Transcendental theology is a term coined by Immanuel Kant to describe a method of discerning theological concepts. Kant divided transcendental theology into "ontotheology" and "cosmotheology", both of which he also coined, "in order to distinguish between two competing types of 'transcendental theology'".
The problem of transcendental theology as developed by Kant is that human reason is not capable of proving God's existence. Kant solves this problem by appealing to moral symbolism. Thus, Kant portrays God as a moral trinity: holy lawgiver, good governor, and just judge.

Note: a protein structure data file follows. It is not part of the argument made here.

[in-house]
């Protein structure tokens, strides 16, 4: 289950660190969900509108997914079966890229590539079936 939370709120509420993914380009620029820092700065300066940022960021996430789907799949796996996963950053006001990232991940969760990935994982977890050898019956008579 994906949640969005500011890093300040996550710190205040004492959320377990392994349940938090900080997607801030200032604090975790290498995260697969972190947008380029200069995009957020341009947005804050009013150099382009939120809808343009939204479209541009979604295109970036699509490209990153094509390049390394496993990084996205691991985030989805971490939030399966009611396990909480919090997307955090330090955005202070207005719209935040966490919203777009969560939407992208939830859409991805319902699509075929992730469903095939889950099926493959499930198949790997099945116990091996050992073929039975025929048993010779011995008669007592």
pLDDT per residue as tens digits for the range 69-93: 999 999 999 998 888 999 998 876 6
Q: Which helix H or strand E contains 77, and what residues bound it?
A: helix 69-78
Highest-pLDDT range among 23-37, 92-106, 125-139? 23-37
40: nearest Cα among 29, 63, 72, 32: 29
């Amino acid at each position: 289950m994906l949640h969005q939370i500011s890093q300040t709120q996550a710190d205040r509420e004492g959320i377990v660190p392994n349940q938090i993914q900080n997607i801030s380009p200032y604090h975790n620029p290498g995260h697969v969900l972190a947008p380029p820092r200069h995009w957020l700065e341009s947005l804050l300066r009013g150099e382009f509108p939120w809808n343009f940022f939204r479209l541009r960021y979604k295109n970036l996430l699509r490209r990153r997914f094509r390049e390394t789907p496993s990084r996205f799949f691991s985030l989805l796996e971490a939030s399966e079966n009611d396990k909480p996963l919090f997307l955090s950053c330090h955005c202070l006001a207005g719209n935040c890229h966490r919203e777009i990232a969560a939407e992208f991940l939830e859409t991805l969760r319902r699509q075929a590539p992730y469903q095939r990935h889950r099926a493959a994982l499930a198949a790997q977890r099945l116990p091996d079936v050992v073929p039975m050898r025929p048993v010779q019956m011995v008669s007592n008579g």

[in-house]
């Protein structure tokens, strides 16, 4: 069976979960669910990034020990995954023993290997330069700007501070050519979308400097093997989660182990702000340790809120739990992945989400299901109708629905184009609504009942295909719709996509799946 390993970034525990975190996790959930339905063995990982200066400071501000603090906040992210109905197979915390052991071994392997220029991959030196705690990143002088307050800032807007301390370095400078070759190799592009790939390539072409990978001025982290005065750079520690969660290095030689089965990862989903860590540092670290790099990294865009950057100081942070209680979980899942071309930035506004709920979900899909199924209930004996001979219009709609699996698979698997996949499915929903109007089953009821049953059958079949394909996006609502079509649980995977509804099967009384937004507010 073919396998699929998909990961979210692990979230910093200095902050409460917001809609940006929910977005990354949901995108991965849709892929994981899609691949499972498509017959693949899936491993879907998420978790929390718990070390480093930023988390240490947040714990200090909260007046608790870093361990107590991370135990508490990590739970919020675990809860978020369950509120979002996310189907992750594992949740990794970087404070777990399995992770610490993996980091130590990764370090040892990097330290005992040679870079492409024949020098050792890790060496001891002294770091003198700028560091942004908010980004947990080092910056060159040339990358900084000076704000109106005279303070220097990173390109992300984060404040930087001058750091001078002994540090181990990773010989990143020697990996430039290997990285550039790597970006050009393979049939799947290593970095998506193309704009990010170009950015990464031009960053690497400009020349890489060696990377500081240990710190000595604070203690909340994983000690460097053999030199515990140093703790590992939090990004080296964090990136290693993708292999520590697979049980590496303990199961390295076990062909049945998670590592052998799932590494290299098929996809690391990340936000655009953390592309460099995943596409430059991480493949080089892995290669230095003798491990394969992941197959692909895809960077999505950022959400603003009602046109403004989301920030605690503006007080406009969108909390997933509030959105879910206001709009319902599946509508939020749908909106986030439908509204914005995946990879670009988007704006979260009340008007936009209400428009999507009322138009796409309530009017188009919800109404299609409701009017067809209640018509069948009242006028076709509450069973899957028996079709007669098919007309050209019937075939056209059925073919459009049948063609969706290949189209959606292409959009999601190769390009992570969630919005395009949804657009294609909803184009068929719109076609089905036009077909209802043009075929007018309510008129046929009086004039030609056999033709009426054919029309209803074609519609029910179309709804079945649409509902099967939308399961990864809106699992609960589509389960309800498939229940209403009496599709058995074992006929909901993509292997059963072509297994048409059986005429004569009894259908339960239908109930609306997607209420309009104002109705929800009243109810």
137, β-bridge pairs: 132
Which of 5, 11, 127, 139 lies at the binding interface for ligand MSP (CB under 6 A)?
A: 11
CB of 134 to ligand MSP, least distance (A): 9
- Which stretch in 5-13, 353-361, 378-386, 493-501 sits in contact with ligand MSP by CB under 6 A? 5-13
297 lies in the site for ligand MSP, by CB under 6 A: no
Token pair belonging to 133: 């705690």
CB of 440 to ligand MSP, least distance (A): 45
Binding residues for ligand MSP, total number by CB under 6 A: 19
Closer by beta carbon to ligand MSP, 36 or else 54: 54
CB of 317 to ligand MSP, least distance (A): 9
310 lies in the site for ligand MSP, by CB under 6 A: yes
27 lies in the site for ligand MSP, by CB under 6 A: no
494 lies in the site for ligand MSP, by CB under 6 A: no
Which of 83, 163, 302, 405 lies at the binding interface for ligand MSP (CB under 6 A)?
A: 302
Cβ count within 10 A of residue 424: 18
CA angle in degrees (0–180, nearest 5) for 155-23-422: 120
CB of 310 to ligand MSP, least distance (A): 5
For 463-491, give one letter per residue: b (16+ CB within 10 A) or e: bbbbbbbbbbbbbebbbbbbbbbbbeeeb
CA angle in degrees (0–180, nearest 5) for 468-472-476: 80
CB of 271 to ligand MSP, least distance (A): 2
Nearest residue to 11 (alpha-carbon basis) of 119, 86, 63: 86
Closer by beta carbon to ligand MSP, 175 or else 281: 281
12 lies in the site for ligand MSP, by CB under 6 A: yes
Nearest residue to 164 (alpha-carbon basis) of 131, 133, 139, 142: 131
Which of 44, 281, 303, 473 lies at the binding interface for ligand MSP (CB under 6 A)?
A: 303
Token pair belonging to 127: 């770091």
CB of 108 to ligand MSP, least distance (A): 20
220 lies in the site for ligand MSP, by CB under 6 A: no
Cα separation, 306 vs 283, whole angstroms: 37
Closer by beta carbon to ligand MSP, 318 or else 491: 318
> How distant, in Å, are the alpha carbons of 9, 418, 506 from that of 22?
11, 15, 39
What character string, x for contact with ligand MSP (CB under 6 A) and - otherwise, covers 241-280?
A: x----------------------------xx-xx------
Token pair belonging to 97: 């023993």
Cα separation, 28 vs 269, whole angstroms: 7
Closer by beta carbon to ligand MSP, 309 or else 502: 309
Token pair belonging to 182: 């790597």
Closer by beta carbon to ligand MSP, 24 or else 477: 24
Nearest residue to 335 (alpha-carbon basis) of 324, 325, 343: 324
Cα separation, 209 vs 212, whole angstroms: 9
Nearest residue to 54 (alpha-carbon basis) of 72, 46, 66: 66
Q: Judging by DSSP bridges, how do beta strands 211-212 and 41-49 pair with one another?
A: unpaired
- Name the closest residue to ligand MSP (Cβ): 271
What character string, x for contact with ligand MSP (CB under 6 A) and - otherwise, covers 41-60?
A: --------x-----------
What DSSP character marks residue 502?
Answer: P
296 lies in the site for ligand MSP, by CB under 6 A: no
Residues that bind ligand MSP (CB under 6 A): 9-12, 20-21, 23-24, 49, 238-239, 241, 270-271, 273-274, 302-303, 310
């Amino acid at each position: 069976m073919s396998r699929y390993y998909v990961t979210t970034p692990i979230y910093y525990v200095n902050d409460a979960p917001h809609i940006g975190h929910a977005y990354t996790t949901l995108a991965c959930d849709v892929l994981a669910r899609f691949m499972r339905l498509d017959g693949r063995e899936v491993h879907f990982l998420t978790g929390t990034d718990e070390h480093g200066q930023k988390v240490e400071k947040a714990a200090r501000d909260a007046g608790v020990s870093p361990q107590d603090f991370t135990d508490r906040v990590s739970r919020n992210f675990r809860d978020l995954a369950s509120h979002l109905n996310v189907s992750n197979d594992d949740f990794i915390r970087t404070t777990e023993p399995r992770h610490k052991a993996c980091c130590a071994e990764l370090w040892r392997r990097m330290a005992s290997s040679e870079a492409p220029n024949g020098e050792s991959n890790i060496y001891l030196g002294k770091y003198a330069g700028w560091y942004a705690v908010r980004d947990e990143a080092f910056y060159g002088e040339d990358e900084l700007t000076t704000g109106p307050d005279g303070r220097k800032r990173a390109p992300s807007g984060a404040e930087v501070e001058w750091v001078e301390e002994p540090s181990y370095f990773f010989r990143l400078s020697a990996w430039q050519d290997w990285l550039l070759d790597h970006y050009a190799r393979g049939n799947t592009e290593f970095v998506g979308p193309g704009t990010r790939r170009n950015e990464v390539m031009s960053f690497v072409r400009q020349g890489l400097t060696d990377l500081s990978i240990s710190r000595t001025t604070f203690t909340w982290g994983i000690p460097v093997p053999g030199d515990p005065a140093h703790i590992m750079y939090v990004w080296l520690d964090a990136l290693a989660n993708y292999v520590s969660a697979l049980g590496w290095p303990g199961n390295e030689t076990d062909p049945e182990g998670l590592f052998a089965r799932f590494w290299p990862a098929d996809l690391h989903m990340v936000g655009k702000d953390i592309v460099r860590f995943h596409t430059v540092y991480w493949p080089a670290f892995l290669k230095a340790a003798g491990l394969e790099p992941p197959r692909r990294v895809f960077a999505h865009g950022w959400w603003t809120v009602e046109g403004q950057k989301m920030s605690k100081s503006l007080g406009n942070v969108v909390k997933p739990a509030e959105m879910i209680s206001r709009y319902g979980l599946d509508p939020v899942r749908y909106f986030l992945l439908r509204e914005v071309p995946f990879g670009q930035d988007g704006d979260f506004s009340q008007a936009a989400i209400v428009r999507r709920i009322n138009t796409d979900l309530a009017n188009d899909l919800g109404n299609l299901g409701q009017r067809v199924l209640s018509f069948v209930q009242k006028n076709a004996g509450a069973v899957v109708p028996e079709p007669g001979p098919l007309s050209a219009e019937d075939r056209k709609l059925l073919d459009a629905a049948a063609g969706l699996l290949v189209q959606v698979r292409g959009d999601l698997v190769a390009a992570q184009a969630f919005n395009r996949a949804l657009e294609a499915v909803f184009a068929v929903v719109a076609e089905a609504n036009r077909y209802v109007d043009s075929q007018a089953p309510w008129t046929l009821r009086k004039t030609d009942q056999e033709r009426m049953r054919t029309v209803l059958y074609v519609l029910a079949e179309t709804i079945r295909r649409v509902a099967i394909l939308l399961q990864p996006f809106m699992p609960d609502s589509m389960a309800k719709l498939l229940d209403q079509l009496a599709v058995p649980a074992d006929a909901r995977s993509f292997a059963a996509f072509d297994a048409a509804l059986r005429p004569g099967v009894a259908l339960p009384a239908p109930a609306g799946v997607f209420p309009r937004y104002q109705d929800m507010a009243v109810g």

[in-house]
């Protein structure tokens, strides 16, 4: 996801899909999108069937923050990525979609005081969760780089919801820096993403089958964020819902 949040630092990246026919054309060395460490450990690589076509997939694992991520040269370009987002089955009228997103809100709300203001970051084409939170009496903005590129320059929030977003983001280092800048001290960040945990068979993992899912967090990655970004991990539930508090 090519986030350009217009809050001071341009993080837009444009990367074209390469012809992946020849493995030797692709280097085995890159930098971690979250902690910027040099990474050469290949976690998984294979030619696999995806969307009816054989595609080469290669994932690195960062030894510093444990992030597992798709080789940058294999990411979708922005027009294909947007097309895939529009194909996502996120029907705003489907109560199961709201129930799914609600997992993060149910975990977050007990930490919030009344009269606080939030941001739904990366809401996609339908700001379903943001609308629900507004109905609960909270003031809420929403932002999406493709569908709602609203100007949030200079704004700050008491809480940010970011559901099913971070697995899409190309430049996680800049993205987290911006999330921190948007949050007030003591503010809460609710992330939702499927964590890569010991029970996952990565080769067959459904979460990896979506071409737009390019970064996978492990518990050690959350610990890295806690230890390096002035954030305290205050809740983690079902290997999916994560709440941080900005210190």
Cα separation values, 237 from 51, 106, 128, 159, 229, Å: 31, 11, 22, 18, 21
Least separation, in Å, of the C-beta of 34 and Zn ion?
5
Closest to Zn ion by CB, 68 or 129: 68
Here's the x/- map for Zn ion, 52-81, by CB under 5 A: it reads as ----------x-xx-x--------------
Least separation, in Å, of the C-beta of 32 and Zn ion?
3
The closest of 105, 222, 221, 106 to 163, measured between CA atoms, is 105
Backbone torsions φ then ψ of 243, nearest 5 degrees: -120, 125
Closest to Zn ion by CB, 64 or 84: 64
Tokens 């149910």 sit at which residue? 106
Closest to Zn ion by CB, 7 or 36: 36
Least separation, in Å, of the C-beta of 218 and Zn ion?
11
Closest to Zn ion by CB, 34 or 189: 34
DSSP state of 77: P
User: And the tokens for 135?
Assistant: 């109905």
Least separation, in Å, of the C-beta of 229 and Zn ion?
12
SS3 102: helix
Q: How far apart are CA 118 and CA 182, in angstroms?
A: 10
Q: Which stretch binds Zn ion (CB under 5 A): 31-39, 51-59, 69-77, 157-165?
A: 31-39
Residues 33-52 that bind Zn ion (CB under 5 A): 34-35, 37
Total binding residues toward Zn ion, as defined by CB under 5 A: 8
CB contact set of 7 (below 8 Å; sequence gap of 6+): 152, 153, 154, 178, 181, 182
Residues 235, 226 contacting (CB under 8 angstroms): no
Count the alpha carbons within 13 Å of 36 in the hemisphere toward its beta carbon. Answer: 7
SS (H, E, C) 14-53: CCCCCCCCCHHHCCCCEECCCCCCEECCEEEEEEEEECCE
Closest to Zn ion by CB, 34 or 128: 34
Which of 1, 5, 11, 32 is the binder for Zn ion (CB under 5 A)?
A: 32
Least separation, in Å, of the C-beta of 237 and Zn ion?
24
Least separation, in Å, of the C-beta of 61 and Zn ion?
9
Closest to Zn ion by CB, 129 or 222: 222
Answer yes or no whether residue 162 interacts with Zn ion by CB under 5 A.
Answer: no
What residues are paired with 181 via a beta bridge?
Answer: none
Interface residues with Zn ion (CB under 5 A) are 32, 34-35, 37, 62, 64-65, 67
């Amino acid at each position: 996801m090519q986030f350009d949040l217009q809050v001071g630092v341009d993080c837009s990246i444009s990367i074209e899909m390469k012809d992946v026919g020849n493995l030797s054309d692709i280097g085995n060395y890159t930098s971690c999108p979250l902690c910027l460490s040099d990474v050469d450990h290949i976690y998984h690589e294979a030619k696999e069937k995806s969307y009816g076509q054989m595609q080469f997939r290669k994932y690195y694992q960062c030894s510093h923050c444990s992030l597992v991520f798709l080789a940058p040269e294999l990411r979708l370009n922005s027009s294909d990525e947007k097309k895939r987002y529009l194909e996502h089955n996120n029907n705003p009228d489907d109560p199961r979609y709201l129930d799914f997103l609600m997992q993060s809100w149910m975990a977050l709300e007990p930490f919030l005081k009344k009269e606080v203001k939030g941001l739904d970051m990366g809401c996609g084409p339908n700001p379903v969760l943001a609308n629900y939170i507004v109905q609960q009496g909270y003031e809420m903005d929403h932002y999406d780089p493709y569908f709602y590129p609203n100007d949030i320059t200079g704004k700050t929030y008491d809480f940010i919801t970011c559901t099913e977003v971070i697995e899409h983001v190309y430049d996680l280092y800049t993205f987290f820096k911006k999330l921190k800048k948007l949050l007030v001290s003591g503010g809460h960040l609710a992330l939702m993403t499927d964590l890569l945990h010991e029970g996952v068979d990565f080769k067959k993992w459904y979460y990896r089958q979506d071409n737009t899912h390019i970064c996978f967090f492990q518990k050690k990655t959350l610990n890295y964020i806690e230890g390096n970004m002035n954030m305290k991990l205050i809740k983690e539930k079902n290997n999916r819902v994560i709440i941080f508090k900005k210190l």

Notes and references
- Kant, Immanuel, Critique of Pure Reason, Section VII: Critique of all Theology based upon Speculative Principles of Reason.
- Thomson, Iain (2005): Heidegger on Ontotheology: Technology and the Politics of Education, 7.
- For details, see Stephen Palmquist, "Kant's Perspectival Foundation for Critical Theology", Part Two of Kant's Critical Religion (Aldershot: Ashgate, 2000).
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